Harvesting machinery log the yield for each grid section using accurate GPS positioning. Ground based sensors measure and communicate nutrient and moisture levels. Satellites provide increasingly accurate raw data on plant and ground parameters. This is precision agriculture.
These data sources however share one big disadvantage: they only produce data when the satellite happens to scan across the desired region and the cloud cover is minimal; or when the farmer happens to work the field with the tractor or combine.Drones will fill this gap. They can be deployed when and where up to date field information is needed. They can be programmed to work fully autonomously. And they can provide data at a spatial and temporal resolution that is not possible with satellites and tractors.
Laserscanners, multispectral and infrared cameras are shrinking in size and can already be carried by mid-sized drones. Research on the perfect agricultural indicators from these sensors is still ongoing, but NDVI, Red Edge and others already help to tell if a plant suffers from deficiencies or stress that could be alleviated with fertilizers, pesticides or just water.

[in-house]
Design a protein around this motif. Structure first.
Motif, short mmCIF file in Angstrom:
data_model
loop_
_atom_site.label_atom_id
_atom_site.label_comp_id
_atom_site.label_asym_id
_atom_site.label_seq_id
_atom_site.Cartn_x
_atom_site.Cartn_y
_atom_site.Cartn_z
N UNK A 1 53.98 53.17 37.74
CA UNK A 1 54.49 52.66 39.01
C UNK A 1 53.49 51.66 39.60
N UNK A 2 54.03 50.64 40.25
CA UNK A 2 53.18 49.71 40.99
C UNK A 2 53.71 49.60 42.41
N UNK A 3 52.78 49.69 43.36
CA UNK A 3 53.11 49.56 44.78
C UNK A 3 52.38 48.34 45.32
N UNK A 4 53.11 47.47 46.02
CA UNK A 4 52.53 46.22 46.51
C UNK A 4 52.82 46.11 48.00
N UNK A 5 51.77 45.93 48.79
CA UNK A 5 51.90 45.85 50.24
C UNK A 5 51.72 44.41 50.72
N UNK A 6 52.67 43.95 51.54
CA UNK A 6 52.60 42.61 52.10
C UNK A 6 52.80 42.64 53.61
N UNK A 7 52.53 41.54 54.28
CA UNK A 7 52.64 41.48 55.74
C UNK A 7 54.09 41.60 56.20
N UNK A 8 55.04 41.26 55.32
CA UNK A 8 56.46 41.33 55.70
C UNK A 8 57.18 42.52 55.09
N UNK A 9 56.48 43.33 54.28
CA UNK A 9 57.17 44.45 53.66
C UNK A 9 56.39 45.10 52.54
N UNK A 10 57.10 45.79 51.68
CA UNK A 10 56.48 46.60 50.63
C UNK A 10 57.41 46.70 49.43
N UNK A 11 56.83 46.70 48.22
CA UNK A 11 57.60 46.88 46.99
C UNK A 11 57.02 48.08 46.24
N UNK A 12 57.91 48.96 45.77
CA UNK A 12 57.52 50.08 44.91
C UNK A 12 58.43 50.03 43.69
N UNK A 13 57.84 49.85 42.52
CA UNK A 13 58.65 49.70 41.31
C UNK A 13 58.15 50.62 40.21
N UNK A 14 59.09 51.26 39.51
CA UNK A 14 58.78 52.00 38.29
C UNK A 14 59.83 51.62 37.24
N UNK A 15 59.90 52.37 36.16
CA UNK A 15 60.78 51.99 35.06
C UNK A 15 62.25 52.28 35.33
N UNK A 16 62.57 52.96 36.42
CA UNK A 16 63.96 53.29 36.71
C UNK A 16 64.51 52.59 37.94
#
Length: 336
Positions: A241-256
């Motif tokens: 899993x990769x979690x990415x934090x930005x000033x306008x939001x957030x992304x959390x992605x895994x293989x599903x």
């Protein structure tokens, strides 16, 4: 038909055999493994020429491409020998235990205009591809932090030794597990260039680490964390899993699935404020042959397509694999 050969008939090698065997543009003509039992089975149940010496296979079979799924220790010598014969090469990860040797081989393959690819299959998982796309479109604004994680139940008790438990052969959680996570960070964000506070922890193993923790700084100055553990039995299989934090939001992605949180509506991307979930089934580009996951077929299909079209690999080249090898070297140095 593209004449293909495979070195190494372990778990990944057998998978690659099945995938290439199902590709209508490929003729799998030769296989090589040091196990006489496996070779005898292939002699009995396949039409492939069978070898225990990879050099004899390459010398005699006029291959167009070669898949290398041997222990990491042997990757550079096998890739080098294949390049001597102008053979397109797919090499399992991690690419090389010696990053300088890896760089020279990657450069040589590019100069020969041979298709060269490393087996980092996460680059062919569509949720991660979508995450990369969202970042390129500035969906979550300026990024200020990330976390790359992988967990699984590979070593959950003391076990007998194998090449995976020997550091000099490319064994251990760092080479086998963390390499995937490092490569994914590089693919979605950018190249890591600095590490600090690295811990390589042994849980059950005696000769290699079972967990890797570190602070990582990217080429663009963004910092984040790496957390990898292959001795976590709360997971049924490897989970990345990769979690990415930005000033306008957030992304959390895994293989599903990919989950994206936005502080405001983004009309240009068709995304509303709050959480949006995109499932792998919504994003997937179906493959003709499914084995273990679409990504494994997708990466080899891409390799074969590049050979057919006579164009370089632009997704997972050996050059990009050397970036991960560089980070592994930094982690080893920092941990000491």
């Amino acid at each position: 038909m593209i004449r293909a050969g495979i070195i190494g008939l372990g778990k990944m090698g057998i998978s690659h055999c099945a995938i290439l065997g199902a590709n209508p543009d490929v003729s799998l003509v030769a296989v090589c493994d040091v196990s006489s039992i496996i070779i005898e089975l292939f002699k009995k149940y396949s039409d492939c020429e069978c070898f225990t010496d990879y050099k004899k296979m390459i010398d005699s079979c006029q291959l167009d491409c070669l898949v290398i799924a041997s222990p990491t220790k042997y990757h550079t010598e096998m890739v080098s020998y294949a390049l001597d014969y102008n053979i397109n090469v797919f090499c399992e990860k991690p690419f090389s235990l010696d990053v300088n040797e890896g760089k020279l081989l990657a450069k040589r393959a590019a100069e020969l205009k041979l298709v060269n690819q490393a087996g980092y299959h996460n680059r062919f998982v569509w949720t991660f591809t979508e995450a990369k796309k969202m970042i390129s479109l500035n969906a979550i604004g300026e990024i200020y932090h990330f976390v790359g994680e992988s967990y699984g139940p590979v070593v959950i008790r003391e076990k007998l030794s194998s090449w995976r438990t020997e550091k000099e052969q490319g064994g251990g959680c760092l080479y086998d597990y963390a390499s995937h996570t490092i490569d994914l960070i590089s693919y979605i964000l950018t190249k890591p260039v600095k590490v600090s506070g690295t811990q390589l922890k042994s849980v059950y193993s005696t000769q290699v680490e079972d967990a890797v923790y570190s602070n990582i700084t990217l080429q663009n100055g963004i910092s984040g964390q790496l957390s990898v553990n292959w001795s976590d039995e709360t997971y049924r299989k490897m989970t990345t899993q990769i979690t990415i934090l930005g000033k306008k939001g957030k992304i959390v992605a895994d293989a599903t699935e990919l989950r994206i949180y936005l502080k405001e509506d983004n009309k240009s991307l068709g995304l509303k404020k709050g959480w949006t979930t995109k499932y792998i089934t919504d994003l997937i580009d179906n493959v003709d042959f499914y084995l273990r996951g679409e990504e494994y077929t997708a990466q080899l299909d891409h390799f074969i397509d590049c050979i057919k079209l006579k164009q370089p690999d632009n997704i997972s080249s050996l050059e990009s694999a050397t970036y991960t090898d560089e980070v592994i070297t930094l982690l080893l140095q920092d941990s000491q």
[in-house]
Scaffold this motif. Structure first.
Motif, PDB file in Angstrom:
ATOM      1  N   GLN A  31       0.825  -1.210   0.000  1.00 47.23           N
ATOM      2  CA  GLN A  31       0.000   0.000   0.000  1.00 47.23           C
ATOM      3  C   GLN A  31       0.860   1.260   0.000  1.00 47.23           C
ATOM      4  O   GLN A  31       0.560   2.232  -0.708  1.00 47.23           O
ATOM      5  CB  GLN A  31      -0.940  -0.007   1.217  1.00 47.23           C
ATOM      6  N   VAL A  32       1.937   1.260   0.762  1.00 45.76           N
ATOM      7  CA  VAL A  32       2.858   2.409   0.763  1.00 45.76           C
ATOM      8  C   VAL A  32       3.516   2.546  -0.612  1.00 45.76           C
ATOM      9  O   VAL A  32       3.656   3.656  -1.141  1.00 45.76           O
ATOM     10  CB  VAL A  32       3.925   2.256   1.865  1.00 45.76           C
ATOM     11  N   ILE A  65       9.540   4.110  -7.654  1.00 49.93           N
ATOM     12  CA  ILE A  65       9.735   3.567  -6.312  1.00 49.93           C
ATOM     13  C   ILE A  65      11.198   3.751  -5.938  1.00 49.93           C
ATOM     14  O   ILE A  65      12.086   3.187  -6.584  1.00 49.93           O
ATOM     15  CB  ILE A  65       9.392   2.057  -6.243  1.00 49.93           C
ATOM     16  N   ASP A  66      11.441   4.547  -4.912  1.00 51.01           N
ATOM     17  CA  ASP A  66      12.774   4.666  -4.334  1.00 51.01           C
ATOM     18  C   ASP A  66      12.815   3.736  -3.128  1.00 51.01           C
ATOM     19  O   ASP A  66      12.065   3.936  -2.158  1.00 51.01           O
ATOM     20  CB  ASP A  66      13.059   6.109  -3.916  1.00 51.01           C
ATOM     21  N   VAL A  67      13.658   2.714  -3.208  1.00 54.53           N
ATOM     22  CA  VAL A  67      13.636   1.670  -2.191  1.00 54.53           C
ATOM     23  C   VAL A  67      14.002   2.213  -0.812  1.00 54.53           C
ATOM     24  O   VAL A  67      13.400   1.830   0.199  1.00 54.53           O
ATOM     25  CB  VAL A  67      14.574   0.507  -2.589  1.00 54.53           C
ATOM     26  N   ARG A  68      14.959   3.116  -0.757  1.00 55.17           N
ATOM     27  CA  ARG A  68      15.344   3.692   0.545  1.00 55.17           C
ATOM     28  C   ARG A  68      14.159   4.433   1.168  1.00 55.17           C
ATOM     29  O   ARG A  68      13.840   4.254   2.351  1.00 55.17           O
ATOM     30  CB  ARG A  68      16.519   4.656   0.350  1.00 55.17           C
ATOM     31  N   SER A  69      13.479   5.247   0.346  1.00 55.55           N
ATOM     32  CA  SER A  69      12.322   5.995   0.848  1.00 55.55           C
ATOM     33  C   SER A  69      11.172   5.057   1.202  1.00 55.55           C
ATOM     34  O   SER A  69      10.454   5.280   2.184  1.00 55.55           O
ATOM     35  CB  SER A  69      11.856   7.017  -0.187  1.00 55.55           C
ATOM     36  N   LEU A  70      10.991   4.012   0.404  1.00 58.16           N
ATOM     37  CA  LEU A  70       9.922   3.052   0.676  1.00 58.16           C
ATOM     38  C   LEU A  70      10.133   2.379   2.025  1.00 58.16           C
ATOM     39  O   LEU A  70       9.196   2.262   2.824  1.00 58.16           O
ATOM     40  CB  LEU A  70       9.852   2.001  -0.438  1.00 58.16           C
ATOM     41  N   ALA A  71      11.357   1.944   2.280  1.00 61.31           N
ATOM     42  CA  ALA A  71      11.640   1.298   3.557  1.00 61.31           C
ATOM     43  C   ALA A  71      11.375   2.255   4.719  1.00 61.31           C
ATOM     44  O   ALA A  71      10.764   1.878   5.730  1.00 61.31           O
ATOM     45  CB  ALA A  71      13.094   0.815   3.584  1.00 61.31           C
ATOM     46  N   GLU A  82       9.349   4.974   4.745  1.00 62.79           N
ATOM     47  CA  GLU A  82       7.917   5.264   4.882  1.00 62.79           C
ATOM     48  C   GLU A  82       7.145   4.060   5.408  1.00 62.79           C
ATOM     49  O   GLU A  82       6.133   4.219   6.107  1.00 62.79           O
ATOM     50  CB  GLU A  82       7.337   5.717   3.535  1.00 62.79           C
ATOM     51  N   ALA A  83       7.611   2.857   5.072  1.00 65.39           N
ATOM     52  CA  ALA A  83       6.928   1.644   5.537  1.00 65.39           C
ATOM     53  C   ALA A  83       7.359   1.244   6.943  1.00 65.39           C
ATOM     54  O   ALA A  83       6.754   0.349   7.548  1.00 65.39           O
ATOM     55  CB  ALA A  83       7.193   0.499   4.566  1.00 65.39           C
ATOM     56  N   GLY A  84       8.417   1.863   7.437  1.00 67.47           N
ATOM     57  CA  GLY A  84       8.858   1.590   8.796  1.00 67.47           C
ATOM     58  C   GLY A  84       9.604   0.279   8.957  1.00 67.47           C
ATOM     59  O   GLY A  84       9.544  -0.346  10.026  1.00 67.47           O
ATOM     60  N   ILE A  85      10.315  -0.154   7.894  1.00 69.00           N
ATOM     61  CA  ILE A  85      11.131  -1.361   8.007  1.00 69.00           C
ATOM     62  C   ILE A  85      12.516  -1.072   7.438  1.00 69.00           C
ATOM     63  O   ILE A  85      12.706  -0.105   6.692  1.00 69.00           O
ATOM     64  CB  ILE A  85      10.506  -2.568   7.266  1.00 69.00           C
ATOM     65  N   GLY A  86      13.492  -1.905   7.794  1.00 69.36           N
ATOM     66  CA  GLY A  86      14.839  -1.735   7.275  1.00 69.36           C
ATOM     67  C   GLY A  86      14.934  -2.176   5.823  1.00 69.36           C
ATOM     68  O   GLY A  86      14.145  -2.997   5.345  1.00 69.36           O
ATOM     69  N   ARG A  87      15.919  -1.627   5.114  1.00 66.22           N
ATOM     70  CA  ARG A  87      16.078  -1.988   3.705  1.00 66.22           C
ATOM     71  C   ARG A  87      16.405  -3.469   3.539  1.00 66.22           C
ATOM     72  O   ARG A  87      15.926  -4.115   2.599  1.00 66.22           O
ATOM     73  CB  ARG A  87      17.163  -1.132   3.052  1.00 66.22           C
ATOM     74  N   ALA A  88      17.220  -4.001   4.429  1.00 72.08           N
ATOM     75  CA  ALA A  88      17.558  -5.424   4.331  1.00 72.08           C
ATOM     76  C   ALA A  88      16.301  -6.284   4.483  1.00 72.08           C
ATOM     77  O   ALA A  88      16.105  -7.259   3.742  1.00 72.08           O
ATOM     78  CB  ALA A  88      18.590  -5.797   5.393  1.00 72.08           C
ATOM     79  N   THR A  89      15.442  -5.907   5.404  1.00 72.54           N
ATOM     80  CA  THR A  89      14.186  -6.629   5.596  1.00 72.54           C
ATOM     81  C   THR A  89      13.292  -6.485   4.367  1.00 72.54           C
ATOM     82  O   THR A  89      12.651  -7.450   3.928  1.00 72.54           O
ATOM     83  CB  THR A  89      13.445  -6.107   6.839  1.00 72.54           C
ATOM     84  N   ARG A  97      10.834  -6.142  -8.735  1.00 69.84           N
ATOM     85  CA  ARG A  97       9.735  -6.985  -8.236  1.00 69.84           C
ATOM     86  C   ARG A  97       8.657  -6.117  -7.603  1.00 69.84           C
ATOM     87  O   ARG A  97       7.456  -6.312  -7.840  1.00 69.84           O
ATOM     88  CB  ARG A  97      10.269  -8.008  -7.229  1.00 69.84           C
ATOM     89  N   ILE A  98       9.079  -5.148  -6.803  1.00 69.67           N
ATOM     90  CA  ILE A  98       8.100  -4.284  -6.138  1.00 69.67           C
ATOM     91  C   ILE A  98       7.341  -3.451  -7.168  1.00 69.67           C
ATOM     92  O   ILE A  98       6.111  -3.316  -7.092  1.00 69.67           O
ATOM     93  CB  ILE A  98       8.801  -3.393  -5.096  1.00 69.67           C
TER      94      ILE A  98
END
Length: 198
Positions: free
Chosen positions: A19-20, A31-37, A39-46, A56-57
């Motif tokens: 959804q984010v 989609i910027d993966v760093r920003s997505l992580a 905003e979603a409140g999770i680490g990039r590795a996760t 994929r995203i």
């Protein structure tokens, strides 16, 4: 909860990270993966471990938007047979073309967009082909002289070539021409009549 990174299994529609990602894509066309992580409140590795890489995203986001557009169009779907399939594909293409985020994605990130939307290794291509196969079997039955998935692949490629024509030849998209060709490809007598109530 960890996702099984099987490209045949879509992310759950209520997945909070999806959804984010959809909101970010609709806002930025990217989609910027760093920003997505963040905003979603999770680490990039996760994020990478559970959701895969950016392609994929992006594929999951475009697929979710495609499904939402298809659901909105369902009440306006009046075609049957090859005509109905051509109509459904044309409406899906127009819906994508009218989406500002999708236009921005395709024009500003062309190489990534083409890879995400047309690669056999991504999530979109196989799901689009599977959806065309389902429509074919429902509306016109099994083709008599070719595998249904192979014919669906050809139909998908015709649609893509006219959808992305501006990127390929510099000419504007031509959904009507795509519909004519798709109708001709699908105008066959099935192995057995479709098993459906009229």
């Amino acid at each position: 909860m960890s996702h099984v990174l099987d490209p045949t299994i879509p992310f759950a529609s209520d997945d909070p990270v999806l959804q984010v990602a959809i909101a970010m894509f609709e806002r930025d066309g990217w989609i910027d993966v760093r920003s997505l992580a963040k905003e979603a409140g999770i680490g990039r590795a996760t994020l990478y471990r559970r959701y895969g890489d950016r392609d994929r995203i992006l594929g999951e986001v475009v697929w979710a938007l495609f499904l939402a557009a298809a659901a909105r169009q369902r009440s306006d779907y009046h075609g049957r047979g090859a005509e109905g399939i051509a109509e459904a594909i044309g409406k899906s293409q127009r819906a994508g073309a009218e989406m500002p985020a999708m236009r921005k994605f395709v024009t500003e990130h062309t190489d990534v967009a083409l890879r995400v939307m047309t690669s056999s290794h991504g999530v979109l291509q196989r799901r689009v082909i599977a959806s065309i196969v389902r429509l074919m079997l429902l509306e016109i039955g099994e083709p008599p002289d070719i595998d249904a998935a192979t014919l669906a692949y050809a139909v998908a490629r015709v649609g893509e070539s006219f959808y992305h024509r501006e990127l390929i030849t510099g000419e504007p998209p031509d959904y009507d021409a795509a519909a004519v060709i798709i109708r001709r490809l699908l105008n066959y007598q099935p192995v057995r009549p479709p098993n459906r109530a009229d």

Given the current operational costs and efforts, these technologies are likely to make more sense in high value crops like vine, tomatoes or blueberries. But someday costs will drop and the technology will be widely adapted so that it will even work for wheat and corn. In any case, as a result farming will become even more efficient. Dosage of fertilizers and pesticides can be optimized and much more targeted. This will reduce waste and environmental impact, reduce costs and increase yields.
Digitalization, drone based applications and big data will impact many other aspects of nature. For example monitoring biomass in forests to determine commercially available wood as well as taking stock of sequestered carbon in relation to climate change protection projects. Or for Wildlife tracking and protection against poachers.
What’s missing is a drone that is robust, works autonomously, doesn’t need a runway and has the endurance to cover large areas carrying the necessary sensors. The JETBIRD, a hybrid drone that flies like a plane but can hover, take off and land vertically like a helicopter will be able to do just that. It features a novel ducted fan concept that allows for a very compact design and significantly increased safety. The JETBIRD is expected to have its maiden flight late in 2016.
Visit Cooper Copter at CeBIT 2016, Halle 16, Stand D36.